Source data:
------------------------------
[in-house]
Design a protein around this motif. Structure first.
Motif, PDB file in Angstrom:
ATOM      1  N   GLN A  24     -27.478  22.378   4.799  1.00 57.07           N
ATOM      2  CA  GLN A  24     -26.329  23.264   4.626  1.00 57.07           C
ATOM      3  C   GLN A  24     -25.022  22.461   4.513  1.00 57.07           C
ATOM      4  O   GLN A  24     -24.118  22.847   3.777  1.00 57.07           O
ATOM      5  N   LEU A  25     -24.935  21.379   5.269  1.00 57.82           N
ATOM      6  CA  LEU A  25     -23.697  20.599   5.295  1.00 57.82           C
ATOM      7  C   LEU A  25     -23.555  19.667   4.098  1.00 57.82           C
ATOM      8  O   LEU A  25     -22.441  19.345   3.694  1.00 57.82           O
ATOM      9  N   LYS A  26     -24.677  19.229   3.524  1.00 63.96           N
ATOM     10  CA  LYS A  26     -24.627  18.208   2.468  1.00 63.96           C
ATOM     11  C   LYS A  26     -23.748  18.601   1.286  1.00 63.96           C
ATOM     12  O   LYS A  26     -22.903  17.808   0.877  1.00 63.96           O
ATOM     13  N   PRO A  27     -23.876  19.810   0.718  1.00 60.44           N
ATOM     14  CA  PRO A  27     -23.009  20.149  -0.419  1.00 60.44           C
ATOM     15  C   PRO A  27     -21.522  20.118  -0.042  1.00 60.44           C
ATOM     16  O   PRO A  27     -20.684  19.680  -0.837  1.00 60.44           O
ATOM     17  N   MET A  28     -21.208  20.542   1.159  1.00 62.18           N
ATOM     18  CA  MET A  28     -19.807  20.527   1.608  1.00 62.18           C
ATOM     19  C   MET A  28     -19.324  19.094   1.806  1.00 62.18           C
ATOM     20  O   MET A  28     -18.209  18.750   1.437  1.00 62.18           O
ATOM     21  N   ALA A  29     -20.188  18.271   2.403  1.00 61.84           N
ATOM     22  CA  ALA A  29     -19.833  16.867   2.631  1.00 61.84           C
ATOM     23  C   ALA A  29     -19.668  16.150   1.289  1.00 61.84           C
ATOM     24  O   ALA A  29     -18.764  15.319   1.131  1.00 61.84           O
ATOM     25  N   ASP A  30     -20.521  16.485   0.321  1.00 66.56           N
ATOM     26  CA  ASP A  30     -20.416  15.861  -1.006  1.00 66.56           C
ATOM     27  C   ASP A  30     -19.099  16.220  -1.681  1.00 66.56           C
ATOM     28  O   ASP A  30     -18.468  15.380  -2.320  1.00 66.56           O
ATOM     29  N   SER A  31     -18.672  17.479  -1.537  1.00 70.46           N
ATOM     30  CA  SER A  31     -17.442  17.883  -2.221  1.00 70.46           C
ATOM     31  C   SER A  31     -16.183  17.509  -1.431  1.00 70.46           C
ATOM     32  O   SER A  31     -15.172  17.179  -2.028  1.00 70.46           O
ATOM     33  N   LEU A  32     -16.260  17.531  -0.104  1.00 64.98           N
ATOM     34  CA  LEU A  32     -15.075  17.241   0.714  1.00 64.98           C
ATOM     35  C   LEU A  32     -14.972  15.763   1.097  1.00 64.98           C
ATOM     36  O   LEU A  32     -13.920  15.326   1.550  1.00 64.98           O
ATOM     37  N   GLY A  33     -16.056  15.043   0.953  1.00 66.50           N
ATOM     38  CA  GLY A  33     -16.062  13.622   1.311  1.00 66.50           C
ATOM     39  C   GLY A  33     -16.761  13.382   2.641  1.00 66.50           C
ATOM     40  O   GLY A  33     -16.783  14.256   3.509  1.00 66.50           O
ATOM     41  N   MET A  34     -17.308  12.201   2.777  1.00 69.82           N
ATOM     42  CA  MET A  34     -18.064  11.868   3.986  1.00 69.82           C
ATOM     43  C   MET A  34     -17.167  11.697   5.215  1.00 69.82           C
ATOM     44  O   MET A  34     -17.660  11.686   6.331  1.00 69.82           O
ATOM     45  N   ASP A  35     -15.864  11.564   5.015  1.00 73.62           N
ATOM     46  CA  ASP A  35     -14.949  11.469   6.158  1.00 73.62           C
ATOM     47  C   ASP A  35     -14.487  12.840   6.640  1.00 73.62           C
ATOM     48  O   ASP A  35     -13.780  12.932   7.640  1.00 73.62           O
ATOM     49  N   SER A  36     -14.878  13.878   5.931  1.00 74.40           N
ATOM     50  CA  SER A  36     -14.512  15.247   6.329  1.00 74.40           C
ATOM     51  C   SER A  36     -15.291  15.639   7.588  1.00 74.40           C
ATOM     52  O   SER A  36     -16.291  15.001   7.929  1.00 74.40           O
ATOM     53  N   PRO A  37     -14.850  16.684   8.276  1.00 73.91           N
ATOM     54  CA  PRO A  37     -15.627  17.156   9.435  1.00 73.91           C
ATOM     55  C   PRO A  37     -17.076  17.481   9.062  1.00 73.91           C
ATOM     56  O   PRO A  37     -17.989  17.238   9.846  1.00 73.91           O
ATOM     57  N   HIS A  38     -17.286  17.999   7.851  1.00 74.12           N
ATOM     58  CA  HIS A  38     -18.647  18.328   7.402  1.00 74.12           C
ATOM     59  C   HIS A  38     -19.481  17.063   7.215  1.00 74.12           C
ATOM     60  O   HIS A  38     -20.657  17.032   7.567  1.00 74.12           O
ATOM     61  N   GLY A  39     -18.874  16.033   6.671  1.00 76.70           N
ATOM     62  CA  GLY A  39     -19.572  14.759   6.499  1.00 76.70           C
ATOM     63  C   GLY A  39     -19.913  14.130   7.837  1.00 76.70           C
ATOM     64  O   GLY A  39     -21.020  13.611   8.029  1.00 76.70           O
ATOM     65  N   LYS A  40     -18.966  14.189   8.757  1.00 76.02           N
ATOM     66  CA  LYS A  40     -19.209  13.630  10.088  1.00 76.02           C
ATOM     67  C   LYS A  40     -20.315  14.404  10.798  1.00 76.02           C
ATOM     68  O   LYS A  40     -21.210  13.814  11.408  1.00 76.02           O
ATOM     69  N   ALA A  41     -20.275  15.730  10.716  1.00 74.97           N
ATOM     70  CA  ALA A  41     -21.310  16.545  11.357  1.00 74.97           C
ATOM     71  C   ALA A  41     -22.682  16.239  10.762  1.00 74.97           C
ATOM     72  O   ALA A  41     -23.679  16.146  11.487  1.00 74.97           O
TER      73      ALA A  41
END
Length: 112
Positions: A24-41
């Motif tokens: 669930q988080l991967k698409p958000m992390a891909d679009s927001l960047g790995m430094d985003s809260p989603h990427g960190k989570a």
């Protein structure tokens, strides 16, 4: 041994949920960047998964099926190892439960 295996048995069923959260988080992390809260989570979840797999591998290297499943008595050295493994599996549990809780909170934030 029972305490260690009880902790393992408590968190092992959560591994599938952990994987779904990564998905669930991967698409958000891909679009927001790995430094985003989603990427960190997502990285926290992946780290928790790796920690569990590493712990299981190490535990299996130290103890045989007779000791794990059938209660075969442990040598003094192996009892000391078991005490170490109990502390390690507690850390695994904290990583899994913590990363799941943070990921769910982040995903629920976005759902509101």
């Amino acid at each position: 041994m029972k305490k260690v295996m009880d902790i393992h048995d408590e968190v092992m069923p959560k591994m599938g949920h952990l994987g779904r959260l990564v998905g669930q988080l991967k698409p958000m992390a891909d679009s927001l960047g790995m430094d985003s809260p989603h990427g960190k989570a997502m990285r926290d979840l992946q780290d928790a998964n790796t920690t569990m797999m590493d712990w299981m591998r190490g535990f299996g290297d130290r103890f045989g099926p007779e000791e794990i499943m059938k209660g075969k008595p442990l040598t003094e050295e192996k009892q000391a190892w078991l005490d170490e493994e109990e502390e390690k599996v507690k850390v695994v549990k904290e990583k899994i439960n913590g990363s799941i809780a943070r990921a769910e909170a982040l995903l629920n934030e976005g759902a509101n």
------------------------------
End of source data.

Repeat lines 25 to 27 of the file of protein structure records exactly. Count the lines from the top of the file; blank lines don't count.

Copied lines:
ATOM     22  CA  ALA A  29     -19.833  16.867   2.631  1.00 61.84           C
ATOM     23  C   ALA A  29     -19.668  16.150   1.289  1.00 61.84           C
ATOM     24  O   ALA A  29     -18.764  15.319   1.131  1.00 61.84           O